Lindsay Folland smiles for the camera

Beating the odds

July 6, 2021
Author: Eric Zimmer

Meet VIU WEST graduate Lindsay Folland

Lindsay Folland wasn't supposed to make it this far.

When I was a child I was given a formal diagnosis that I would never be beyond an elementary school level,” she says. “I was told I am too socially impaired to have any meaningful relationships and I would need 24-7 support to bathe, dress, and eat.”

However, the people who told her these things, she says, were “thankfully and obviously not psychic."

Lindsay has been in what she says is a loving relationship for two years now, and has been employed for almost three years in the field of mental health.

Beyond just proving the naysayers wrong in her personal life, Lindsay has found success in her post-secondary career as well, graduating with honours this past spring from VIU's WEST (Workplace Essential Skills Training) program, and being selected as valedictorian.

“My father always wanted to see me succeed in my endeavours, and as I carry on the family name, as the first to attend post-secondary, I know he is flying on the wings of an eagle looking in pride with my many other angels in my family watching over me," she says.

We caught up with Lindsay recently, to get her thoughts on the program, her experience at VIU, and her advice for those facing challenges and doubts in their own life. Here's what she told us:

Can you tell us about what drew you to the WEST program at VIU and what that decision process was like?

I was interested in the unique courses that the Workplace Essentials Skills Training Program offered. As someone who had an individualized education program through a private learning centre, I appreciated the student-centered approach and the idea of developing my goals and where that might take me. After graduating from the program, I now feel that the skills learned are essential and benefits everyone by focusing on study techniques, communication, goal setting, personal health, budgeting, and many workplace opportunities and work related certificates.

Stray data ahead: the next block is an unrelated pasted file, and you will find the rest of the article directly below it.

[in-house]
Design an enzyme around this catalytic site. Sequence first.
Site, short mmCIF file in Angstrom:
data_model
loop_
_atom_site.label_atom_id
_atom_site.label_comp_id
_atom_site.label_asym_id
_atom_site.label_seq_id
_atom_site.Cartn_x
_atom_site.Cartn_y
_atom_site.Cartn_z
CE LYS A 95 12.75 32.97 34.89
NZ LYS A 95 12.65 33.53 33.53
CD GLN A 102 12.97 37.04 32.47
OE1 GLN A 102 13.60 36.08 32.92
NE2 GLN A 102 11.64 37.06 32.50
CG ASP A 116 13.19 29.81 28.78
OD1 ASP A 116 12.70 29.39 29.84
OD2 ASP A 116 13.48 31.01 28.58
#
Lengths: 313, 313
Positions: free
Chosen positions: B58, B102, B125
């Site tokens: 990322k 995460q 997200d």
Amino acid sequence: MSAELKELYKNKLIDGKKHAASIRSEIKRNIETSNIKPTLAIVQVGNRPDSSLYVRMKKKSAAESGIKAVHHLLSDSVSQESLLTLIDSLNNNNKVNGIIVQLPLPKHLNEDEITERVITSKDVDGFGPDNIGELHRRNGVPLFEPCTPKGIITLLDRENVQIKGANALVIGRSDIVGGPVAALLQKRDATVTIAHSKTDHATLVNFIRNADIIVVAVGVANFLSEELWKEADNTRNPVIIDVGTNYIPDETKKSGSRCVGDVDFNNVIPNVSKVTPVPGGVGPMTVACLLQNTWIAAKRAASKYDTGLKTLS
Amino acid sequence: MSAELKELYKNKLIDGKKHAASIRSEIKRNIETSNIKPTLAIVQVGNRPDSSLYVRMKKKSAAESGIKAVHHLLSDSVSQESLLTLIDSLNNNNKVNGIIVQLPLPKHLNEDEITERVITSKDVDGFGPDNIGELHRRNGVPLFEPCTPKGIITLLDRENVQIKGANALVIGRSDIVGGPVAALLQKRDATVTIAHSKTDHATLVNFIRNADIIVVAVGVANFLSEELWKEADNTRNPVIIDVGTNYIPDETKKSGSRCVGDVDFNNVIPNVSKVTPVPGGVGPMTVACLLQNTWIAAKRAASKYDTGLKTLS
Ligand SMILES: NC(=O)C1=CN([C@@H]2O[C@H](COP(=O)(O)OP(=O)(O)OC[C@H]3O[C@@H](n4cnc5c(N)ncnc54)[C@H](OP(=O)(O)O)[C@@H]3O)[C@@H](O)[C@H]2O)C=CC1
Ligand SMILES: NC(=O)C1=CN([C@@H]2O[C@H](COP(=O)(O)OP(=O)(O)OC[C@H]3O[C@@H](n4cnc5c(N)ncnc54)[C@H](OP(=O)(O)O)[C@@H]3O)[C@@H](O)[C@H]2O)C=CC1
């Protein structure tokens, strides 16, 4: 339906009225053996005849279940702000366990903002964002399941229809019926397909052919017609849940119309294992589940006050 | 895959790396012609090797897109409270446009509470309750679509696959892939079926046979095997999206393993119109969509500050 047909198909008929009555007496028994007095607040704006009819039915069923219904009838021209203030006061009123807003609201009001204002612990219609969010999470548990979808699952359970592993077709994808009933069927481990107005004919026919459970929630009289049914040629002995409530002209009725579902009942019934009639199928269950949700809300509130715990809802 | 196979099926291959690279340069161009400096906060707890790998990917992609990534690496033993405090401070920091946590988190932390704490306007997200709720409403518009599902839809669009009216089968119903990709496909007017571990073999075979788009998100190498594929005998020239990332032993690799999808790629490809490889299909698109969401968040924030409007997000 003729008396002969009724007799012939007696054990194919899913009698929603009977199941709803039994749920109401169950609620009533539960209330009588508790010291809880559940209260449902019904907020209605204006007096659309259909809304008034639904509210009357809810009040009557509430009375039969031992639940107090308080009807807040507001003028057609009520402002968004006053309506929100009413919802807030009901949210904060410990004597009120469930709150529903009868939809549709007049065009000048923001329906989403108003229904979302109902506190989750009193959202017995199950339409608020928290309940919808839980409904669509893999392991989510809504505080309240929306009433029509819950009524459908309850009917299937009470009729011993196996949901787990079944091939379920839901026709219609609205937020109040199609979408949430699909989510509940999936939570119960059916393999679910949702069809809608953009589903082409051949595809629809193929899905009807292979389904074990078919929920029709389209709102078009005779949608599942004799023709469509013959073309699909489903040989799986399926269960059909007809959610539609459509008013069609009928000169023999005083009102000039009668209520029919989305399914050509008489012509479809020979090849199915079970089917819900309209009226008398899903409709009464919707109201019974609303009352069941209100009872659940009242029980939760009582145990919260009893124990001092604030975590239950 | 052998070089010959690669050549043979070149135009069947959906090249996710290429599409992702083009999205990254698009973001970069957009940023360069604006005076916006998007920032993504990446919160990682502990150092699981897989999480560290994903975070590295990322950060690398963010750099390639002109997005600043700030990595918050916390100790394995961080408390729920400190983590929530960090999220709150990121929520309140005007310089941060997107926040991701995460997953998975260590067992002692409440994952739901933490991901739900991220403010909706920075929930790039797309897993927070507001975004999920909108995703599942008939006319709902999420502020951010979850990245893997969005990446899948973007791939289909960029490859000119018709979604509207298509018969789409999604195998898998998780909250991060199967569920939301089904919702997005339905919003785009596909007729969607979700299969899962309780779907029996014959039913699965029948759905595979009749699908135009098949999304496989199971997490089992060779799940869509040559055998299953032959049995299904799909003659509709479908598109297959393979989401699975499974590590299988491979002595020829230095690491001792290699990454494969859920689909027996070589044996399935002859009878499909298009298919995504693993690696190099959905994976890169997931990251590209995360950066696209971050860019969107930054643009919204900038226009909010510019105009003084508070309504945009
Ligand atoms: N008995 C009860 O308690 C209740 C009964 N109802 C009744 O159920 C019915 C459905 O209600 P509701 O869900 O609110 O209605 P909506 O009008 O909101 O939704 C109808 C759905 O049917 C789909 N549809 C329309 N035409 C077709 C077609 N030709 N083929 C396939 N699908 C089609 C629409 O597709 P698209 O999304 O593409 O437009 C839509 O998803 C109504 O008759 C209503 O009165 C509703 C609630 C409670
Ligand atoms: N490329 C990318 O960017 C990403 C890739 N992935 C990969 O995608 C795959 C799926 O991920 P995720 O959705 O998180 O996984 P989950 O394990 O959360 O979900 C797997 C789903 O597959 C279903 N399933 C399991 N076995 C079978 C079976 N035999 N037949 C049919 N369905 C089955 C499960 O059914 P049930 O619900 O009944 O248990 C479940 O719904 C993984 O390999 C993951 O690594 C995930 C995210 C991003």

How did the COVID-19 pandemic shape your overall experience, and how did you adapt?

My course, although initially not adapted for online instruction, ended up being 70% online. I live out in Errington, so it was challenging commuting to Nanaimo four days a week for in-person classes. I spent two nights every week at a family friend's house, so I always had about 80 pounds of laundry, books, food, etc., in a hiking bag that I would take everywhere with me. Although my routine wasn't used to education from home during the pandemic, it did provide me some relief by seeing my family more and not worrying about transportation. I helped pioneer a weekly social hour every Sunday for my classmates and I, so that we could still check in with each other and have that supportive and fun atmosphere that we normally would have during lunch breaks or after class. Being online can be isolating so I really wanted to make sure that we were engaging with each other. 

Can you share some highlights from your time at VIU?

The biggest takeaways from my time at the WEST program was learning to develop and advance my life skills and seeing my potential as a student. There are so many amazing things I learned in the program, but it's difficult to sum up two years in a single article. It's given me the feeling that anything is possible. Being the first person in my family to attend university was very daunting and when there wasn't anyone in my life that experienced that, it really felt like I was starting on my own path.

Any advice for new or current students, or those thinking about continuing their education at VIU?

Get familiar with the supports available to students. There are so many opportunities at VIU that not everyone is aware of or feels like they shouldn't access the services because "other people need it more." Everything from counselling, advocacy, recreation, funding, educational adaptations, employment and community involvement opportunities. There are a wide variety of things to do. I feel like if you are struggling with something, you shouldn't have to tough it out because people have a different situation than you, that's one of the things that makes VIU so diverse is that there is always someone to help you when you need or friends to be made.

Anything else you'd like to add?

Throughout our lives we face a series of challenges and how we step up to the plate is where our ball will go. Bravery does not mean that you are fearless. Bravery means that you push on despite your fears and go beyond your doubts. I think as students we are constantly thinking about our future: the next final, grades, achievement, the best career, or fear of what's going to happen next. If this pandemic has taught me anything that I could pass on, it is just to be present. My classmates and faculty have gone through battles you won't see in movies, they have lost more than they knew they had, and have had the bravery and courage of champions. Be proud of what you are doing right now, and who you are, do things for enjoyment instead of productivity (easier said than done though), and take care of yourself first. Life is too short to only seek out the approval of others, because at the end of the day you're the only one who can accept the praise.

Related Posts

Sign up for our blog